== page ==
As for jogging with a dog I once saw a woman jogging with her dog on leash and she did not have to hold anything. She had a really long leash and had it tied around her waist.
 

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I think a lot of dogs will do it at first, because they're still adjusting to their new owner and environment, then they realize they can run off and explore and their person will still be around later.

I had just enough time to pick her leash straight up to get her off the ground.
In the future, it'd be best to stand between the two dogs, rather than pick up the little one, especially if the charging one is big. He'll just keep going, jump up and knock you both over. Holding one dog makes them ALL uncomfortable and escalates the situation.
 

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FWIW I never knew of a dog that had to be leashed all the time until I came to the DoG forum. I trained all my dogs and they all ended up off leash trained. I also always lived in the country and did a lot of hiking.. and I did have the farm. Can't take a dog to the field with you on leash if the dog is walking and you are driving a tractor and there is no place for the dog to ride.

I train a LOT and expect my dogs to work off leash. Always have.

HOWEVER, none of my dogs (past or present) would go roaring up to another dog/human etc. with death threats (feel for you Lola's Dad.. that is scary and she shoud ahve been able to say ONE WORD and her dog should have immediately turned back to her.. so her dog was not only DA, but untrained). Again.. mine have all been trained and over trained.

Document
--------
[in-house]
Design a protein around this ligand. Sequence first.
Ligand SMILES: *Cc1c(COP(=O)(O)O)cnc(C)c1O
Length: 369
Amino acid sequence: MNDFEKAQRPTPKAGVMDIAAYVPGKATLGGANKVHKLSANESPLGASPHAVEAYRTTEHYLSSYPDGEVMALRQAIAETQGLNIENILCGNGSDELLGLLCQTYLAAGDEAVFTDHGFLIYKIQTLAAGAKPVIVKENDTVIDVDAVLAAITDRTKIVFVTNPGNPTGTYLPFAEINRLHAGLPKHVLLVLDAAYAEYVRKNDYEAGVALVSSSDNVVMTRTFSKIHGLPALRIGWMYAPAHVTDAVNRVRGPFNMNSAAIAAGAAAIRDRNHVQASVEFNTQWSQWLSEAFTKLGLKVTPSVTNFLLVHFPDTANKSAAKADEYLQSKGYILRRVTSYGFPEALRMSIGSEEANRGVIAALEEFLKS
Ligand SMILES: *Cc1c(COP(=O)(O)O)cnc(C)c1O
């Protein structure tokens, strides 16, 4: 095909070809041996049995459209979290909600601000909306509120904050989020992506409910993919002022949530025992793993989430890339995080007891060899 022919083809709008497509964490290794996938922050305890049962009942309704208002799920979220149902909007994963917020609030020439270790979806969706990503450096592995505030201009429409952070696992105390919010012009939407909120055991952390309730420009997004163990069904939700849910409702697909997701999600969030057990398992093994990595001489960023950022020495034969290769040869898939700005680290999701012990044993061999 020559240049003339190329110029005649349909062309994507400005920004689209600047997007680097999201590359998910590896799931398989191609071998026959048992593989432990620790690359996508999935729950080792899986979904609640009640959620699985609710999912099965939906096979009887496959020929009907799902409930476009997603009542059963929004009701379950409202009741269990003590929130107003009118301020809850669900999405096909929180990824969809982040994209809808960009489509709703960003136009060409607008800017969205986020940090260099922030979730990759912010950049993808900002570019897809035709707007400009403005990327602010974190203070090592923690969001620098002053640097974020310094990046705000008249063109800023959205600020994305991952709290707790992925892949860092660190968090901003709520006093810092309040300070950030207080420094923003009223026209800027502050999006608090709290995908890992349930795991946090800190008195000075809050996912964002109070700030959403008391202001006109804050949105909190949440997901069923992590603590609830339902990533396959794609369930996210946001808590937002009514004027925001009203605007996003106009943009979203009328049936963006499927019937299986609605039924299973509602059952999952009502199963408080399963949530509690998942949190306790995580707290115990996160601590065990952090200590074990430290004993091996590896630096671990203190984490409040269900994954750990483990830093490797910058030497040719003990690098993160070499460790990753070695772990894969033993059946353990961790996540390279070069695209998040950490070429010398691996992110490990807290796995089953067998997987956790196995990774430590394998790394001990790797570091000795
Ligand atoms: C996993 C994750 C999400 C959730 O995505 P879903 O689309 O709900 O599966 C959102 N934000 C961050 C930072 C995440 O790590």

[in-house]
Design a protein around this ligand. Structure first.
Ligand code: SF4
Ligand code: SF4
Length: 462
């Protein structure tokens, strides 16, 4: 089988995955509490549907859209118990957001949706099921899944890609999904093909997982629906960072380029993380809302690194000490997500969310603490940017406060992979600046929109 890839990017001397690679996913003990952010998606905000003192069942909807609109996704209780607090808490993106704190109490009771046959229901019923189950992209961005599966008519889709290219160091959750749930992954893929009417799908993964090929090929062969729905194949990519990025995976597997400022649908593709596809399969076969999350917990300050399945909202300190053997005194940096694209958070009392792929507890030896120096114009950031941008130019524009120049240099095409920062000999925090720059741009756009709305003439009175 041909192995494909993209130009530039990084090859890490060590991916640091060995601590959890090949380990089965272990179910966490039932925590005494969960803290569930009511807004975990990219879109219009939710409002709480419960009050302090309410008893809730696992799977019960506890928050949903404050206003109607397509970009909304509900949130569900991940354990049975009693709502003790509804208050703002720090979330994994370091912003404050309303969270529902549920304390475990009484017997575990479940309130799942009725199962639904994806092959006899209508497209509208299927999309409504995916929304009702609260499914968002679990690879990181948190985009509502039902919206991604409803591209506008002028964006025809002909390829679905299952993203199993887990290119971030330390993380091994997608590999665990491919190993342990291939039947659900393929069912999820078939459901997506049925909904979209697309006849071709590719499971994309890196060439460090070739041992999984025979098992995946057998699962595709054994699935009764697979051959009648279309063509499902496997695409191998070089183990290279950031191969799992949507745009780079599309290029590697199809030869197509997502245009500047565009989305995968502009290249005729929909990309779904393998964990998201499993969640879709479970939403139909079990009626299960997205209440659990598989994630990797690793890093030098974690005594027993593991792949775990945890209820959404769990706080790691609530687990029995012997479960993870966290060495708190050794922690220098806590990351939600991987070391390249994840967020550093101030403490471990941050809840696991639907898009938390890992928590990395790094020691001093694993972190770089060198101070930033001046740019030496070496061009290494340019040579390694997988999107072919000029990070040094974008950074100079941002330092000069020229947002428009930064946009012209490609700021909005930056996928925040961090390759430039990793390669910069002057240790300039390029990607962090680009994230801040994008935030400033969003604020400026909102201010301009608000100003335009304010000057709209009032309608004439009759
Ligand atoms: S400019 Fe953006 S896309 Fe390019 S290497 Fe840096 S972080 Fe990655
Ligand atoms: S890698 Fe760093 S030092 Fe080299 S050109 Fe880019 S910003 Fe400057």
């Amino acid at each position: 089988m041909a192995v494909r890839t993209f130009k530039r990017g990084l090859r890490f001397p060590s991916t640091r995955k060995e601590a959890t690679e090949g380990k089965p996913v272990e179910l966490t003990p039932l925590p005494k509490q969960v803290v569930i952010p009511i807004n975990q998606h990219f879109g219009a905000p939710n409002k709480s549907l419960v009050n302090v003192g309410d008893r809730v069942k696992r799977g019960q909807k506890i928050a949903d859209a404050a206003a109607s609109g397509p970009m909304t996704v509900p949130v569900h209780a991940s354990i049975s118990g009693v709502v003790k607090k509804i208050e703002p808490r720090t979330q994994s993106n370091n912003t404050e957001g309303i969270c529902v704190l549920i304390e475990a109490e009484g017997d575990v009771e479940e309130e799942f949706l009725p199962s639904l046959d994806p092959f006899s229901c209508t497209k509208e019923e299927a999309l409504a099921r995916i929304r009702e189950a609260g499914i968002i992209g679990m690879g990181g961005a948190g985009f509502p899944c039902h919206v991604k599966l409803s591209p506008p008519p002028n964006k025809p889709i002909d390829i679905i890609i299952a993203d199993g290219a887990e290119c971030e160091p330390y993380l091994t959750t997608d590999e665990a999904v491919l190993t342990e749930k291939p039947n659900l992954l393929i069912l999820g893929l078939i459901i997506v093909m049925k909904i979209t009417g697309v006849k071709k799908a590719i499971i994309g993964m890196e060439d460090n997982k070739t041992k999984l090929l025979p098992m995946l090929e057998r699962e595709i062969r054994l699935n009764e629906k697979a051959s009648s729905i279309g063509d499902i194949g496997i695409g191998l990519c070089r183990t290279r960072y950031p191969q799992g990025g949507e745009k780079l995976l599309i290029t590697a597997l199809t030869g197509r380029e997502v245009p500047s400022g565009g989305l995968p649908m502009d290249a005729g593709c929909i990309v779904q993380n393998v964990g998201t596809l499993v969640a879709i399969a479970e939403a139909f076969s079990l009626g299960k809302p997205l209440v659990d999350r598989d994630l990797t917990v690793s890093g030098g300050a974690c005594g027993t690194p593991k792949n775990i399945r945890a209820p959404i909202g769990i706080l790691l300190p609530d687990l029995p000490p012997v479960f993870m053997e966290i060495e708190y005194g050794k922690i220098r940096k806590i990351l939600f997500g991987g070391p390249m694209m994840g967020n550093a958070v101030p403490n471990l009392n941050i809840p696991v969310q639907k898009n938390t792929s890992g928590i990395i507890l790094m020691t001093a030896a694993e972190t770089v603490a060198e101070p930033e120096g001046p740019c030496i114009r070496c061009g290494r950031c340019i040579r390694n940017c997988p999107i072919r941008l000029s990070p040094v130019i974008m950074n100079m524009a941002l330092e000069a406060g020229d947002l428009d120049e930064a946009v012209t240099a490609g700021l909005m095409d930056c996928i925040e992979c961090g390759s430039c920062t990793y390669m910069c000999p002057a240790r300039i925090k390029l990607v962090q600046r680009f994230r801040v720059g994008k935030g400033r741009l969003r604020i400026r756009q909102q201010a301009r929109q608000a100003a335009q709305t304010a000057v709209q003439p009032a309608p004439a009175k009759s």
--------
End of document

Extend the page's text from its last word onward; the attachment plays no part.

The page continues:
I go to the Town park where leashes are required and Atka wears her leash but I am often not attached to the other end of it. She is leashed. Technically. It is a good place to train with people, dogs and stuff going on as distractions. The town cops see me working her and they usually watch (I guess I am entertaining LOL.. my dog thinks I am!). I figure if my dog was not trained or was menacing someone they would say something. I think they like watching her recalls the length of the football field and maybe her remote sits, downs and stands.

Again, this takes a lot of time and consistant training. No dog I have owned has worked off leash RELIABLY unless I have worked consistantly insisting on it. A dog that will not work reliably off leash should be on leash with a handler attached to one end and the leash attached to the dog at the other end.

I have even had cats that would go places with me and walk with me off leash.. but that is a whole 'nother training event. :)